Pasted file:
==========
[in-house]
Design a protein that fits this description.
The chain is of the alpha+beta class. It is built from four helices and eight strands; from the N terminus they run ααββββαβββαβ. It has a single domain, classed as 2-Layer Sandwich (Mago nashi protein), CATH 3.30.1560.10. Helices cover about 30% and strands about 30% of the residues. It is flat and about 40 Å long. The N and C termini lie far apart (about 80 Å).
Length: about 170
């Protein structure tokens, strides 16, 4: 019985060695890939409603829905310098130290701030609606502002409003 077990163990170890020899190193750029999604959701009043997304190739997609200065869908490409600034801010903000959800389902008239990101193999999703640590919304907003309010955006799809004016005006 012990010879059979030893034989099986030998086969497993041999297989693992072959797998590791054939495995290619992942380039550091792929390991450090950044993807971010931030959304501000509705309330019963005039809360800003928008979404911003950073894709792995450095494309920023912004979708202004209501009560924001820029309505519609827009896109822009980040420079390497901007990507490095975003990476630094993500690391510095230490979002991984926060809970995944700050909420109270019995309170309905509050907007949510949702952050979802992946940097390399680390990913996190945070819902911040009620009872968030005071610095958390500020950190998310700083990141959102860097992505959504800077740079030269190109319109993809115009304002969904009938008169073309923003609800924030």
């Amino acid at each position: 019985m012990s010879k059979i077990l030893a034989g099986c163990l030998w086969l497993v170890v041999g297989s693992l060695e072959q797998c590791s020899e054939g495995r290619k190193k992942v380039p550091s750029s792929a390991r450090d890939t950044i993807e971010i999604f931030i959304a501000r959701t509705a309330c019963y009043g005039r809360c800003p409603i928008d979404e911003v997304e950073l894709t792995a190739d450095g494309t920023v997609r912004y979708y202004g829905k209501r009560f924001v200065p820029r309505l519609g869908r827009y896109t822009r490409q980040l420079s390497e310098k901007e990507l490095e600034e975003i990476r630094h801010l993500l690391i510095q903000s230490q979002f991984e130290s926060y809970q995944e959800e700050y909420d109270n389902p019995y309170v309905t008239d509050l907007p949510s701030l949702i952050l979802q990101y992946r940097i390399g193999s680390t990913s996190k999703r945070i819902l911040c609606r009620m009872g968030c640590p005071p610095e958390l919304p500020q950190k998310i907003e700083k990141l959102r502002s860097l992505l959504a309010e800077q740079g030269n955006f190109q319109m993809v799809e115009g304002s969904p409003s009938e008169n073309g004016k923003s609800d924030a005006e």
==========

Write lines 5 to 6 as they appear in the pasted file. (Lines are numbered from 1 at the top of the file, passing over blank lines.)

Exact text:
């Protein structure tokens, strides 16, 4: 019985060695890939409603829905310098130290701030609606502002409003 077990163990170890020899190193750029999604959701009043997304190739997609200065869908490409600034801010903000959800389902008239990101193999999703640590919304907003309010955006799809004016005006 012990010879059979030893034989099986030998086969497993041999297989693992072959797998590791054939495995290619992942380039550091792929390991450090950044993807971010931030959304501000509705309330019963005039809360800003928008979404911003950073894709792995450095494309920023912004979708202004209501009560924001820029309505519609827009896109822009980040420079390497901007990507490095975003990476630094993500690391510095230490979002991984926060809970995944700050909420109270019995309170309905509050907007949510949702952050979802992946940097390399680390990913996190945070819902911040009620009872968030005071610095958390500020950190998310700083990141959102860097992505959504800077740079030269190109319109993809115009304002969904009938008169073309923003609800924030």
């Amino acid at each position: 019985m012990s010879k059979i077990l030893a034989g099986c163990l030998w086969l497993v170890v041999g297989s693992l060695e072959q797998c590791s020899e054939g495995r290619k190193k992942v380039p550091s750029s792929a390991r450090d890939t950044i993807e971010i999604f931030i959304a501000r959701t509705a309330c019963y009043g005039r809360c800003p409603i928008d979404e911003v997304e950073l894709t792995a190739d450095g494309t920023v997609r912004y979708y202004g829905k209501r009560f924001v200065p820029r309505l519609g869908r827009y896109t822009r490409q980040l420079s390497e310098k901007e990507l490095e600034e975003i990476r630094h801010l993500l690391i510095q903000s230490q979002f991984e130290s926060y809970q995944e959800e700050y909420d109270n389902p019995y309170v309905t008239d509050l907007p949510s701030l949702i952050l979802q990101y992946r940097i390399g193999s680390t990913s996190k999703r945070i819902l911040c609606r009620m009872g968030c640590p005071p610095e958390l919304p500020q950190k998310i907003e700083k990141l959102r502002s860097l992505l959504a309010e800077q740079g030269n955006f190109q319109m993809v799809e115009g304002s969904p409003s009938e008169n073309g004016k923003s609800d924030a005006e």